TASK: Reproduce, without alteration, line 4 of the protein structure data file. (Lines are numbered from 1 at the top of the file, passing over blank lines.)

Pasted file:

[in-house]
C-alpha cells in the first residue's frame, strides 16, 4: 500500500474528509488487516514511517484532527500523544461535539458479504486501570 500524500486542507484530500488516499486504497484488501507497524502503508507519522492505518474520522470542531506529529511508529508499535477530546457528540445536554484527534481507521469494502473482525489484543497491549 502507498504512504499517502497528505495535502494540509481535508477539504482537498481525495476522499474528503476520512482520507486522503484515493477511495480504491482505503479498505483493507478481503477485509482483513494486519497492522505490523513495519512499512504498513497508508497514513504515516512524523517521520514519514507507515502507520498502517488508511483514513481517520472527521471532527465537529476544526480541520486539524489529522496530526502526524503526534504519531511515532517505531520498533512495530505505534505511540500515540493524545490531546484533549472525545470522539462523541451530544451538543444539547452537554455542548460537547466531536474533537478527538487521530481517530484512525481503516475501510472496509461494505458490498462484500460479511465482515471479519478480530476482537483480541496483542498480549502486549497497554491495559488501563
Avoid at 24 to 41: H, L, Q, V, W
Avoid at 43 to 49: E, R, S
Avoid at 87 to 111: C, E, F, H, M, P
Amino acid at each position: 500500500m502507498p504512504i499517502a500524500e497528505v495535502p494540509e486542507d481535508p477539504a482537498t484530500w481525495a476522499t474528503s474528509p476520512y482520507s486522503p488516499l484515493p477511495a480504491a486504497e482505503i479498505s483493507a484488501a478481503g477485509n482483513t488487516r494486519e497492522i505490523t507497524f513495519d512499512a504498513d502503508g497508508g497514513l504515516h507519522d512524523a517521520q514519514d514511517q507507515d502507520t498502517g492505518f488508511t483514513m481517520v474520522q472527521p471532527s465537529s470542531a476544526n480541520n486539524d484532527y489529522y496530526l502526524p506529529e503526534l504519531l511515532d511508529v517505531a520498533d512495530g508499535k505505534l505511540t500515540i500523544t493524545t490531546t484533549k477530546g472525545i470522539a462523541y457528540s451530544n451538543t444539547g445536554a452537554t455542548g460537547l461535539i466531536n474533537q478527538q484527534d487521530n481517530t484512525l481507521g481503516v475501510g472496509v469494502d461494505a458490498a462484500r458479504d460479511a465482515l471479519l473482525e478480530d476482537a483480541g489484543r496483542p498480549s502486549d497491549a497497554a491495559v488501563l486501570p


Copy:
Avoid at 43 to 49: E, R, S